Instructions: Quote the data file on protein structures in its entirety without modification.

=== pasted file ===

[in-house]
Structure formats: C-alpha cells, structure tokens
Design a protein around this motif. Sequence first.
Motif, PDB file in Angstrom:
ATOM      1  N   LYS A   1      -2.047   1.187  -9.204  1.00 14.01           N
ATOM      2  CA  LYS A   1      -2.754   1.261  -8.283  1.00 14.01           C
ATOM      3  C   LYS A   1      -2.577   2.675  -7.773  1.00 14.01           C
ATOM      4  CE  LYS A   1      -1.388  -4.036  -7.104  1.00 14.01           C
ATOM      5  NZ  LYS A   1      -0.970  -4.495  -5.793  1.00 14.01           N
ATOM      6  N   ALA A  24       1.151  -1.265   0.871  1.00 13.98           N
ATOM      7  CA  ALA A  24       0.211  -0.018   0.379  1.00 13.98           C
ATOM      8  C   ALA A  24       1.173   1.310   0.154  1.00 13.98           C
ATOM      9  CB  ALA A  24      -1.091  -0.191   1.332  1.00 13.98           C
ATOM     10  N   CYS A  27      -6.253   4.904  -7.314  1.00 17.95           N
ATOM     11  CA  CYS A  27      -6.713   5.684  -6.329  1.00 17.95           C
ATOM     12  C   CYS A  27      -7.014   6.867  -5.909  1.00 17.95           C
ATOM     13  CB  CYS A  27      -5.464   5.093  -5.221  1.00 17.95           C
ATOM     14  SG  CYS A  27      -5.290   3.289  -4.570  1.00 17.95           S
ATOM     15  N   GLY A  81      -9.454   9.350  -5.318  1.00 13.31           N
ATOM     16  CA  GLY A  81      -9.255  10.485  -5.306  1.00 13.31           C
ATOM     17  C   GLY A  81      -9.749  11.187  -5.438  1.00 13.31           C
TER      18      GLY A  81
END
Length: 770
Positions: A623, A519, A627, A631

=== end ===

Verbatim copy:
[in-house]
Structure formats: C-alpha cells, structure tokens
Design a protein around this motif. Sequence first.
Motif, PDB file in Angstrom:
ATOM      1  N   LYS A   1      -2.047   1.187  -9.204  1.00 14.01           N
ATOM      2  CA  LYS A   1      -2.754   1.261  -8.283  1.00 14.01           C
ATOM      3  C   LYS A   1      -2.577   2.675  -7.773  1.00 14.01           C
ATOM      4  CE  LYS A   1      -1.388  -4.036  -7.104  1.00 14.01           C
ATOM      5  NZ  LYS A   1      -0.970  -4.495  -5.793  1.00 14.01           N
ATOM      6  N   ALA A  24       1.151  -1.265   0.871  1.00 13.98           N
ATOM      7  CA  ALA A  24       0.211  -0.018   0.379  1.00 13.98           C
ATOM      8  C   ALA A  24       1.173   1.310   0.154  1.00 13.98           C
ATOM      9  CB  ALA A  24      -1.091  -0.191   1.332  1.00 13.98           C
ATOM     10  N   CYS A  27      -6.253   4.904  -7.314  1.00 17.95           N
ATOM     11  CA  CYS A  27      -6.713   5.684  -6.329  1.00 17.95           C
ATOM     12  C   CYS A  27      -7.014   6.867  -5.909  1.00 17.95           C
ATOM     13  CB  CYS A  27      -5.464   5.093  -5.221  1.00 17.95           C
ATOM     14  SG  CYS A  27      -5.290   3.289  -4.570  1.00 17.95           S
ATOM     15  N   GLY A  81      -9.454   9.350  -5.318  1.00 13.31           N
ATOM     16  CA  GLY A  81      -9.255  10.485  -5.306  1.00 13.31           C
ATOM     17  C   GLY A  81      -9.749  11.187  -5.438  1.00 13.31           C
TER      18      GLY A  81
END
Length: 770
Positions: A623, A519, A627, A631